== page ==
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DIX Planetary Science Seminar

Tuesday, January 5, 2021
4:00pm to 5:00pm
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Online Event
Ultra-Hot Jupiters: Revealing the Atmospheres of a Novel Class of Exoplanets
Megan Mansfield, Graduate Student, Department of Astronomy and Astrophysics, The University of Chicago,

Hot Jupiters are compelling targets for thermal emission observations because their high signal-to-noise allows precise atmospheric characterization. Theory originally predicted that cooler planets would show absorption features in their secondary eclipse spectra due to having uninverted atmospheres, while warmer planets would have inverted atmospheres causing emission features in their eclipse spectra. I will first discuss early observations of ultra-hot Jupiters, which led to the realization that these hottest exoplanets are a distinct class with unique high-temperature chemistry. I will then present new models which take into account this new high-temperature chemistry, and show how they can explain the featureless spectra we observe in many ultra-hot Jupiters. However, observed hot Jupiters still show a surprising level of diversity in their eclipse spectra. To further examine this diversity, we performed a population study of all secondary eclipse observations of hot Jupiters with the Hubble Space Telescope (HST). From this population study we propose that the spectra of hot Jupiters can be explained through compositional diversity in their atmospheres.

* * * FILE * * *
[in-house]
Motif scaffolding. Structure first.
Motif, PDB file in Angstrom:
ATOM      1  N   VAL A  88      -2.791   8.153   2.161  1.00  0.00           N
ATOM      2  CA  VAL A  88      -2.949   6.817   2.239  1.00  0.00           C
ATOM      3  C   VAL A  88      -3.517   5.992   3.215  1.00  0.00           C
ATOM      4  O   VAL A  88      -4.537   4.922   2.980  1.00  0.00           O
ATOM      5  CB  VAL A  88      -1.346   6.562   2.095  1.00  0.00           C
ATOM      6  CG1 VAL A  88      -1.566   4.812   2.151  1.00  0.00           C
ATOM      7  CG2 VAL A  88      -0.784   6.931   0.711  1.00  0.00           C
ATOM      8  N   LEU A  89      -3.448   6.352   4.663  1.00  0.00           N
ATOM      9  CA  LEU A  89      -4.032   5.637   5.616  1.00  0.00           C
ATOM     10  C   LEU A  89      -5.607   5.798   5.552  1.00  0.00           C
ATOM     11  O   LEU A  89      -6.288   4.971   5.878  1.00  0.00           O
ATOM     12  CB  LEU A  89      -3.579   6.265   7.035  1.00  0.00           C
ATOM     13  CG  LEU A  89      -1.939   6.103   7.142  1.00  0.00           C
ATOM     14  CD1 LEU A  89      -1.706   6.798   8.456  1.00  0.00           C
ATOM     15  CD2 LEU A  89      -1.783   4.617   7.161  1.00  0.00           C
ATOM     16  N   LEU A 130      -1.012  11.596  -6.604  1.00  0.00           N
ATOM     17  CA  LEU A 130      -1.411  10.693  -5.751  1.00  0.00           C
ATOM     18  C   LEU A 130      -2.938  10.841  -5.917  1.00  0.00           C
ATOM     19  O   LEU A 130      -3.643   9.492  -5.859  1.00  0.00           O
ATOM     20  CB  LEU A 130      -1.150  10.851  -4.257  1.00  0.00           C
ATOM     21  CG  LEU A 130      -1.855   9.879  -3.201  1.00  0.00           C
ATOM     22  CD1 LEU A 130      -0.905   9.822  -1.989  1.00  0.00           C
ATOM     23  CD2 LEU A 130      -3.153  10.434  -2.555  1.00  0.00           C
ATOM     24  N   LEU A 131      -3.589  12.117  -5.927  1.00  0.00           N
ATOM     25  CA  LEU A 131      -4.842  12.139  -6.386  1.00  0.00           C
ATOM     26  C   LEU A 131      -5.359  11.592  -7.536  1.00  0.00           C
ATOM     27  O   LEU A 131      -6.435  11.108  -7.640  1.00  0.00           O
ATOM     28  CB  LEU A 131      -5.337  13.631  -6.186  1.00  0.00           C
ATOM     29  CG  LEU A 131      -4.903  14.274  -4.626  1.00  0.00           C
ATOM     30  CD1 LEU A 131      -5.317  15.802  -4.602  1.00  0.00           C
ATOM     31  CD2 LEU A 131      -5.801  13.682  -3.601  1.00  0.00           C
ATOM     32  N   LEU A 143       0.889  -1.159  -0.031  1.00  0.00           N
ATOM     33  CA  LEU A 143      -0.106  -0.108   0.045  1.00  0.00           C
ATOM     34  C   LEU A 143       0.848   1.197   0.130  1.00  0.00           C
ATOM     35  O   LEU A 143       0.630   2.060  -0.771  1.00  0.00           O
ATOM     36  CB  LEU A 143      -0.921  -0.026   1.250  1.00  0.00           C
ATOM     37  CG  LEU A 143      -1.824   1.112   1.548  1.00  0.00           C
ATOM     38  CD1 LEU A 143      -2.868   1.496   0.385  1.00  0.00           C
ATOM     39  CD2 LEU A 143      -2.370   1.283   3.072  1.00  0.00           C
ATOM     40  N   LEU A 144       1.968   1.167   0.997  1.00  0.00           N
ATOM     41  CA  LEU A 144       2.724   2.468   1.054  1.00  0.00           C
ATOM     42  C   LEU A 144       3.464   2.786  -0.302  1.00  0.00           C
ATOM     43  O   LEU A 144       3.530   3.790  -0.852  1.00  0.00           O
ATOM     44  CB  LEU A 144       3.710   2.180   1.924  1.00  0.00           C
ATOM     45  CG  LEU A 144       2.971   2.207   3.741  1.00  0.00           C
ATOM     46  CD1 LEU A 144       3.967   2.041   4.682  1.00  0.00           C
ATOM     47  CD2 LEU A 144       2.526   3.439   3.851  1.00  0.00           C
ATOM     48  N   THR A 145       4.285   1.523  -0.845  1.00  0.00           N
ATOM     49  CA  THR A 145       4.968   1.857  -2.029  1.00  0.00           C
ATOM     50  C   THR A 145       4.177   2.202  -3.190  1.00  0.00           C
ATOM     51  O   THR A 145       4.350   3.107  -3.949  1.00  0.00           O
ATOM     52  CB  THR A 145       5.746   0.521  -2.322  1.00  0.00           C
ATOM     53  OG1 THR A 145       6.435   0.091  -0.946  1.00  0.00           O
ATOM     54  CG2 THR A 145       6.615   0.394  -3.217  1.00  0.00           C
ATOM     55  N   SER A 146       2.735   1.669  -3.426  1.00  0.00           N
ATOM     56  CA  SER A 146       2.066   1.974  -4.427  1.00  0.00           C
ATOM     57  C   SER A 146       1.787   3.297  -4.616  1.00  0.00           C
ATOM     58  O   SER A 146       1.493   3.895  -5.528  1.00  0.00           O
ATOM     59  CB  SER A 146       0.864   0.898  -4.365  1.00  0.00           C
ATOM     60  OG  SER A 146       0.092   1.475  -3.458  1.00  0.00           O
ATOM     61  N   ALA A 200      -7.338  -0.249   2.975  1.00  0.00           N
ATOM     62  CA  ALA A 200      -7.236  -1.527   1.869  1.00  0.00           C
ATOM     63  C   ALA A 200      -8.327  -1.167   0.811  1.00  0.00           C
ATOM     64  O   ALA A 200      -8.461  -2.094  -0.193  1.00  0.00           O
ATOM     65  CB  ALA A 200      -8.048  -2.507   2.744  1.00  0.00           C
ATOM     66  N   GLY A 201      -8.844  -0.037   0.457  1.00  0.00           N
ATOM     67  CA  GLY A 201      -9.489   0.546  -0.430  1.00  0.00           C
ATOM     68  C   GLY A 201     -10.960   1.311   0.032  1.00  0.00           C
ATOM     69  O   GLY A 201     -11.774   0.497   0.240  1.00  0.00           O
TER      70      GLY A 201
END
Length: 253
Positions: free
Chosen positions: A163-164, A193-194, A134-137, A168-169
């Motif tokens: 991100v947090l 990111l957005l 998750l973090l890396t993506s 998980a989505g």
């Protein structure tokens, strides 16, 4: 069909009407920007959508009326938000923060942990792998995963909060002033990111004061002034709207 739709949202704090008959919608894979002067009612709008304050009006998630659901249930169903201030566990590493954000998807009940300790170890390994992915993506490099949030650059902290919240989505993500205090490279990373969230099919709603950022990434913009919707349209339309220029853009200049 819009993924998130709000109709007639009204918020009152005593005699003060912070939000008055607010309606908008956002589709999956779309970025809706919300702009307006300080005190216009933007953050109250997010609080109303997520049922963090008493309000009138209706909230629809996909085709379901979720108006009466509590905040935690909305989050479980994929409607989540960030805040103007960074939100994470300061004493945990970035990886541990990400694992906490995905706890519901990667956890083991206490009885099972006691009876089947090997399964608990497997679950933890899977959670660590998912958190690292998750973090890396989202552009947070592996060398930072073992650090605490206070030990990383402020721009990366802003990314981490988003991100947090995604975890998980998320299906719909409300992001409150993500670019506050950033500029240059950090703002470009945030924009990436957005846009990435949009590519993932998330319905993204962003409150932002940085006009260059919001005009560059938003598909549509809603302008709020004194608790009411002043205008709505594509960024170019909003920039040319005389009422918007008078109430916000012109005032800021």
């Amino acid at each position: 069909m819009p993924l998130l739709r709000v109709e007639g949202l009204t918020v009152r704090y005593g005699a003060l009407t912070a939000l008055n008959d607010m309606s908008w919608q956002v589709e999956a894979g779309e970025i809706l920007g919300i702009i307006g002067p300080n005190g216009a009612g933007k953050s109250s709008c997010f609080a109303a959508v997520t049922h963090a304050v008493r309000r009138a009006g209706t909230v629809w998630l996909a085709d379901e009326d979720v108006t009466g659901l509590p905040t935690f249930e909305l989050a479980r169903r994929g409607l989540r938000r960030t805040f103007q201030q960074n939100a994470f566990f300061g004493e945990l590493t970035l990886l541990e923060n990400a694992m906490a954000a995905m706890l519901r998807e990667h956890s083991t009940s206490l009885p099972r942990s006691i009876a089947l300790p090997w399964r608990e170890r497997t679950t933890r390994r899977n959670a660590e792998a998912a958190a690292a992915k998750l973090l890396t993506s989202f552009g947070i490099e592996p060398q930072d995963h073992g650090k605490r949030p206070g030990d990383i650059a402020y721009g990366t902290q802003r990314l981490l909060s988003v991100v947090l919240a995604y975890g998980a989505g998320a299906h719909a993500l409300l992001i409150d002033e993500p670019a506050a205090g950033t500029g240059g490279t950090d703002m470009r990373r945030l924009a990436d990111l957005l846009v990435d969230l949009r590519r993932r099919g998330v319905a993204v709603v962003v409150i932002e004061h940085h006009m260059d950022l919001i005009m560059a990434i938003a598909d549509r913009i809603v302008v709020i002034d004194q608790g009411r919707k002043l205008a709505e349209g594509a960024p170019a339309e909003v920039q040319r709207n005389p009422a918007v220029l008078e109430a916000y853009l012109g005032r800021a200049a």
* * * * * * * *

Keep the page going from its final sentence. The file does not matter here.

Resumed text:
In the coming years we will have the opportunity to study hot Jupiter atmospheres in even more detail using the James Webb Space Telescope (JWST). In particular, JWST will provide the unique capability to perform spectroscopic eclipse mapping, which will allow us to map the atmospheres of hot Jupiters in three dimensions (latitude, longitude, and altitude). I will present a new method to analyze eclipse mapping observations which can be used to interpret these complicated data sets without relying on expectations from circulation models. Finally, I will discuss ongoing observations of hot Jupiters which I will be leading in the coming years using both HST and ground-based high-resolution observations.

For more information, please contact Aida Behmard by email at [email protected].